Banks are so smart that they have even figured out that they can make money off the money that they have already loaned out! When a bank makes very large loans and investments, it depletes the money that it has to make new loans and investments (and to pay back Person A and Person B and Person C, etc.). Since the bank has loaned out all that money, all it has now is a bunch of IOUs worth billions and trillions of dollars. So it may not have any money, but it has lots of potential money.
What the bank does then, is roll up all of those IOUs into an “investment opportunity” that other people and companies can buy. This process is called “commoditizing debt”, and the “investment opportunity” is called a “derivative” (named so because it is derived from something else). How exciting!
When a bank (or other financial institution) creates a “derivative” it is sure to mix a lot of unrelated types of IOUs into it (like risky home loans that it wants to get off of its books), that way it is almost impossible for a person or company to know, or even understand, what it is buying. But why would any person or company want to buy a mysterious “derivative”? Usually because the bank or other financial institution has a good track record of making lots of money! And because most of the people who run the “hedge funds” and “investment banks” (which buy most of the “derivatives”) are good friends with the people who run the banks. How convenient!
See, now the banks have managed to take money from Person A and Person B and Person C, etc. and loan it out in ways that will earn the bank lots of extra profit (which it does not have to share with Person A and Person B and Person C, etc.) and at the same time, it has managed to sell off all of its IOUs for real money. It has ended up making extra profit at least two different ways from the original money deposited by Person A and Person B and Person C, etc.! How smart is that?!
But what happens if all of those risky home loans start to go bad because people can’t pay them? And why would a bank make a risky home loan in the first place?
Well once upon a time the United States had some old time-y laws called “Glass-Steagall” (named after Senator Carter Glass and Rep. Henry Steagall). Those laws required banks to hold onto the loans and therefore to hold onto the “exposure” that would be created if a loan went bad. So way back then in the past, a bank only made a loan if it looked like someone could pay it back. Eventually though,  all the people who used to run the banks went to work for the government as bank regulators. How convenient! And then the banks lobbied the Congress to repeal those old Glass-Steagall laws, which it did.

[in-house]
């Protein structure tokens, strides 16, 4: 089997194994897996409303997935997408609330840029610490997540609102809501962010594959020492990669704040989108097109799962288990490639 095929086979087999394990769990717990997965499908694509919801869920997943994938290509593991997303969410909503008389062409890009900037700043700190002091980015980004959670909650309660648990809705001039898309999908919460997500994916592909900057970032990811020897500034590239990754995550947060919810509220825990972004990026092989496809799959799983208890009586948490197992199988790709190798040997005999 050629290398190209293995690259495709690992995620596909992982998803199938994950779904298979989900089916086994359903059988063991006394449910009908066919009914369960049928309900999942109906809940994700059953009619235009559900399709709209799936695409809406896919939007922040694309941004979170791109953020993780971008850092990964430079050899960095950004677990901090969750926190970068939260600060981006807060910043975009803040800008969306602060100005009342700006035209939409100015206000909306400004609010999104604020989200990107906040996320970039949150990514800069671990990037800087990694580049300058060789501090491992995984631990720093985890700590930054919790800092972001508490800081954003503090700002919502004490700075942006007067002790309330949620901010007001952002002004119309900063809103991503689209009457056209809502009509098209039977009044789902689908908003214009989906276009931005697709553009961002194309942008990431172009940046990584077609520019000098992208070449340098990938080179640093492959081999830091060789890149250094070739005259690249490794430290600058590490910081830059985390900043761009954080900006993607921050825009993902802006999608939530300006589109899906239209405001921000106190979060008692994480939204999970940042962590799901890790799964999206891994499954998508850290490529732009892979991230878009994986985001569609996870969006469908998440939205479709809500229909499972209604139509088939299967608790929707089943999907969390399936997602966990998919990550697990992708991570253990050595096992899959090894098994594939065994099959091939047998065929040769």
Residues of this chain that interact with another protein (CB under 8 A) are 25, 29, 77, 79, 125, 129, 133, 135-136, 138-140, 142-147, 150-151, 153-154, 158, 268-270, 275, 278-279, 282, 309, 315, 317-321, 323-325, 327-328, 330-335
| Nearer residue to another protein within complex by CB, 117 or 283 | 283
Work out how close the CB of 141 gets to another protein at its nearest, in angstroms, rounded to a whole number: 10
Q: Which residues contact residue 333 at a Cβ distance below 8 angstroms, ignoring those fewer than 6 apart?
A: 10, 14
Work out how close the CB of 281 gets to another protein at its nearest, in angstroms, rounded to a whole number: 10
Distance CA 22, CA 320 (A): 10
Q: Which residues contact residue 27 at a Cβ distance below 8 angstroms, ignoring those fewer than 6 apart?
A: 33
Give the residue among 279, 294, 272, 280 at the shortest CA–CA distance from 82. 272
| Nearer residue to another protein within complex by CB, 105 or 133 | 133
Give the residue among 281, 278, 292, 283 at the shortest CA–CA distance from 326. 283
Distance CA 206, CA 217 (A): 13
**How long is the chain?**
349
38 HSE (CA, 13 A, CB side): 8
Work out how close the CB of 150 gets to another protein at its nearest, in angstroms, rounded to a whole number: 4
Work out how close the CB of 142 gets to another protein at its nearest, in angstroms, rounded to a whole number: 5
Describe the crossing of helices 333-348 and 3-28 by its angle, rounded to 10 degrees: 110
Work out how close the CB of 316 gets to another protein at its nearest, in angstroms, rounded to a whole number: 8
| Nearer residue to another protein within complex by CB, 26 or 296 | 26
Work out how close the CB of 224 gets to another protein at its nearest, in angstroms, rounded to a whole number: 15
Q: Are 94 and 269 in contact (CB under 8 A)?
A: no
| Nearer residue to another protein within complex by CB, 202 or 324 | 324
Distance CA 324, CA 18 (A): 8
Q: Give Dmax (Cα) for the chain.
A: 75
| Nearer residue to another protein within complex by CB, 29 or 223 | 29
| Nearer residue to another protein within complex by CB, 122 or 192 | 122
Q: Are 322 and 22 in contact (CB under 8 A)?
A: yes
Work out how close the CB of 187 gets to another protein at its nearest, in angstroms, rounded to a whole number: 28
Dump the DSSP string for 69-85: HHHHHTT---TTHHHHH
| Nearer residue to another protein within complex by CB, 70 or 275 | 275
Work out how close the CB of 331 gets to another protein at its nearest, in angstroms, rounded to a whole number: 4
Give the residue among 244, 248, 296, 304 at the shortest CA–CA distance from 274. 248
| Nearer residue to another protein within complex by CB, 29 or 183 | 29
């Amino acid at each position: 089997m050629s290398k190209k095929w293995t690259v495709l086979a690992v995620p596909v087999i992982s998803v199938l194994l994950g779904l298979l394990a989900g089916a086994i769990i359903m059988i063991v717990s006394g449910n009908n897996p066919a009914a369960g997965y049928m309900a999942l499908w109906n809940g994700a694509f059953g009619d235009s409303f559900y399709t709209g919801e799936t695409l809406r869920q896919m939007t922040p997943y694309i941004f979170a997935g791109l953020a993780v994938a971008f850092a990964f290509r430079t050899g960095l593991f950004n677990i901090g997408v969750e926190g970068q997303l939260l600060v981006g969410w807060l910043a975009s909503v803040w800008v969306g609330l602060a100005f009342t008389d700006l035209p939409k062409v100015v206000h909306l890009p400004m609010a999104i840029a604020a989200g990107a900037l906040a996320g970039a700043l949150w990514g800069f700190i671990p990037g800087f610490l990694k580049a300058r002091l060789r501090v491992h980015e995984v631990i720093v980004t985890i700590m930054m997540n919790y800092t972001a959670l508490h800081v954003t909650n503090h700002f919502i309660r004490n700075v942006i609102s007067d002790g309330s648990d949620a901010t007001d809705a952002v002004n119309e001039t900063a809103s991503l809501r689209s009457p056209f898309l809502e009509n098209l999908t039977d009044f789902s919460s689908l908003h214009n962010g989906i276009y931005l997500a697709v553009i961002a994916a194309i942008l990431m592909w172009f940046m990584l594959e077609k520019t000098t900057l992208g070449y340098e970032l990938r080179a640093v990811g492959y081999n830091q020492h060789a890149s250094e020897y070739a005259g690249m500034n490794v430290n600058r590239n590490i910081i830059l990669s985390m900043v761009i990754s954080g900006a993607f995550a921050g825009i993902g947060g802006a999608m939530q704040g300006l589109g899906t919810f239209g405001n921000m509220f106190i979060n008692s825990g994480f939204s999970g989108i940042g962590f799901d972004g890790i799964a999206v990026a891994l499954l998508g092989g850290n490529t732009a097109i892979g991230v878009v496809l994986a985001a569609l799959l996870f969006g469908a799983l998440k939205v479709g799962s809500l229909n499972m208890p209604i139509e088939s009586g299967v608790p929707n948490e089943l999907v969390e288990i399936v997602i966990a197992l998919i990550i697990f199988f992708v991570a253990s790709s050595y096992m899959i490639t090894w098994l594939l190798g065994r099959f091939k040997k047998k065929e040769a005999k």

Then banks told their loan officers (who get paid bonuses on the number of loans they originate rather than the number of loans that get paid back) that they could make as many loans as they wanted! Almost as soon as the new, risky or “exotic” loans got created and sold to people (mostly people who couldn’t have gotten one before) the banks rolled them into “derivatives” and sold them off to other people who didn’t really understand what they were buying. Everybody was making lots more money!
Except for the people who took out loans they didn’t really understand to buy houses they clearly couldn’t really afford. They weren’t making any more money than before.
Sadly, when all those people started to “default” on their mortgages – millions at a time – all of those IOUs that were rolled up inside of all those “derivatives” went bad, meaning they lost their value (or rather, their potential value). Suddenly big companies and hedge funds and investment banks which thought they had trillions of dollars of potential money, didn’t anymore; they just had “loss” and no real money left.
Once that happened, none of the other banks wanted to loan them any money anymore.
Plus, since so many of the companies were interconnected and laterally invested in each other, no one could be sure anymore who actually had any real money left. So everyone stopped loaning money to everyone else. Then whole banks and investment firms began to “collapse”. And since they were so interconnected with other banks and other investment firms, those other banks and other investment firms began to “collapse”. And for a little while, it looked like the whole world economy was going to “collapse” because no one actually had enough actual money to cover all of the “loss”.
But remember all those people who used to run the banks but then went to work for the government as bank regulators? Well they convinced the United States to give the banks lots of money (called a “bail out”) so that all of the “collapsing” would stop. The government agreed to do that so that “modern human civilization” would not “collapse” and people wouldn’t end up living like characters in a Mad Max movie.